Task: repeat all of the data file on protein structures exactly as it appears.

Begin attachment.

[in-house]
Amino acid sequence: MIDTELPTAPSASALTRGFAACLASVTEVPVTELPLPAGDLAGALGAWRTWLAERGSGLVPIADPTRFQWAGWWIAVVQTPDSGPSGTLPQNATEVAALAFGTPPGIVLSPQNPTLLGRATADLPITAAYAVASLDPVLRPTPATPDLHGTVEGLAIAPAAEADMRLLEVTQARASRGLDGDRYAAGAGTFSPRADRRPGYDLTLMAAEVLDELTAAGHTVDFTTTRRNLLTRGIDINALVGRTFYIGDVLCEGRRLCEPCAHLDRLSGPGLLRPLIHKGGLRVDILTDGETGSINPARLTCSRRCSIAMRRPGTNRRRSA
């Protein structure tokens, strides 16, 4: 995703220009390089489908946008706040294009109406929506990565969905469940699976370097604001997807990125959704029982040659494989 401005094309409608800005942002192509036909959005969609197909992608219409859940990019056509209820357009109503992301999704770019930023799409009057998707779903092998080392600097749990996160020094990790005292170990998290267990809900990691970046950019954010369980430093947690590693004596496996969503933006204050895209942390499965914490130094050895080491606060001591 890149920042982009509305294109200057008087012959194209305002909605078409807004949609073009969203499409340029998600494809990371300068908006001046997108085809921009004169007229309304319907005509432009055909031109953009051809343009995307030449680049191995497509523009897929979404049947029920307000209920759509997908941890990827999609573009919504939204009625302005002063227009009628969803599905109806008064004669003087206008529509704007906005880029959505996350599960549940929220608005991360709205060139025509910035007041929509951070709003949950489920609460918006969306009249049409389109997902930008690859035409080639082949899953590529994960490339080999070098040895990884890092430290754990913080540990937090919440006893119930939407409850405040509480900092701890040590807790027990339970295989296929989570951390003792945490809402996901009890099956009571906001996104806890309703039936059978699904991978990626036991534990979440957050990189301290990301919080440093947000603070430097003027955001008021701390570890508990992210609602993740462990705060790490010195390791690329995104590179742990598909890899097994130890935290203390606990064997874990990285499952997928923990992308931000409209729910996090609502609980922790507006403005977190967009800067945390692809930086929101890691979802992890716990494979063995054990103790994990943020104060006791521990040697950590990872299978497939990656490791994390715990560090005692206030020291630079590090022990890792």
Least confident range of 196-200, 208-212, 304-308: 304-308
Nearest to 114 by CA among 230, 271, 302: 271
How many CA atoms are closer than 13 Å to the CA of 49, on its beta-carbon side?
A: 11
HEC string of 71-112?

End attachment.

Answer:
[in-house]
Amino acid sequence: MIDTELPTAPSASALTRGFAACLASVTEVPVTELPLPAGDLAGALGAWRTWLAERGSGLVPIADPTRFQWAGWWIAVVQTPDSGPSGTLPQNATEVAALAFGTPPGIVLSPQNPTLLGRATADLPITAAYAVASLDPVLRPTPATPDLHGTVEGLAIAPAAEADMRLLEVTQARASRGLDGDRYAAGAGTFSPRADRRPGYDLTLMAAEVLDELTAAGHTVDFTTTRRNLLTRGIDINALVGRTFYIGDVLCEGRRLCEPCAHLDRLSGPGLLRPLIHKGGLRVDILTDGETGSINPARLTCSRRCSIAMRRPGTNRRRSA
């Protein structure tokens, strides 16, 4: 995703220009390089489908946008706040294009109406929506990565969905469940699976370097604001997807990125959704029982040659494989 401005094309409608800005942002192509036909959005969609197909992608219409859940990019056509209820357009109503992301999704770019930023799409009057998707779903092998080392600097749990996160020094990790005292170990998290267990809900990691970046950019954010369980430093947690590693004596496996969503933006204050895209942390499965914490130094050895080491606060001591 890149920042982009509305294109200057008087012959194209305002909605078409807004949609073009969203499409340029998600494809990371300068908006001046997108085809921009004169007229309304319907005509432009055909031109953009051809343009995307030449680049191995497509523009897929979404049947029920307000209920759509997908941890990827999609573009919504939204009625302005002063227009009628969803599905109806008064004669003087206008529509704007906005880029959505996350599960549940929220608005991360709205060139025509910035007041929509951070709003949950489920609460918006969306009249049409389109997902930008690859035409080639082949899953590529994960490339080999070098040895990884890092430290754990913080540990937090919440006893119930939407409850405040509480900092701890040590807790027990339970295989296929989570951390003792945490809402996901009890099956009571906001996104806890309703039936059978699904991978990626036991534990979440957050990189301290990301919080440093947000603070430097003027955001008021701390570890508990992210609602993740462990705060790490010195390791690329995104590179742990598909890899097994130890935290203390606990064997874990990285499952997928923990992308931000409209729910996090609502609980922790507006403005977190967009800067945390692809930086929101890691979802992890716990494979063995054990103790994990943020104060006791521990040697950590990872299978497939990656490791994390715990560090005692206030020291630079590090022990890792």
Least confident range of 196-200, 208-212, 304-308: 304-308
Nearest to 114 by CA among 230, 271, 302: 271
How many CA atoms are closer than 13 Å to the CA of 49, on its beta-carbon side?
A: 11
HEC string of 71-112?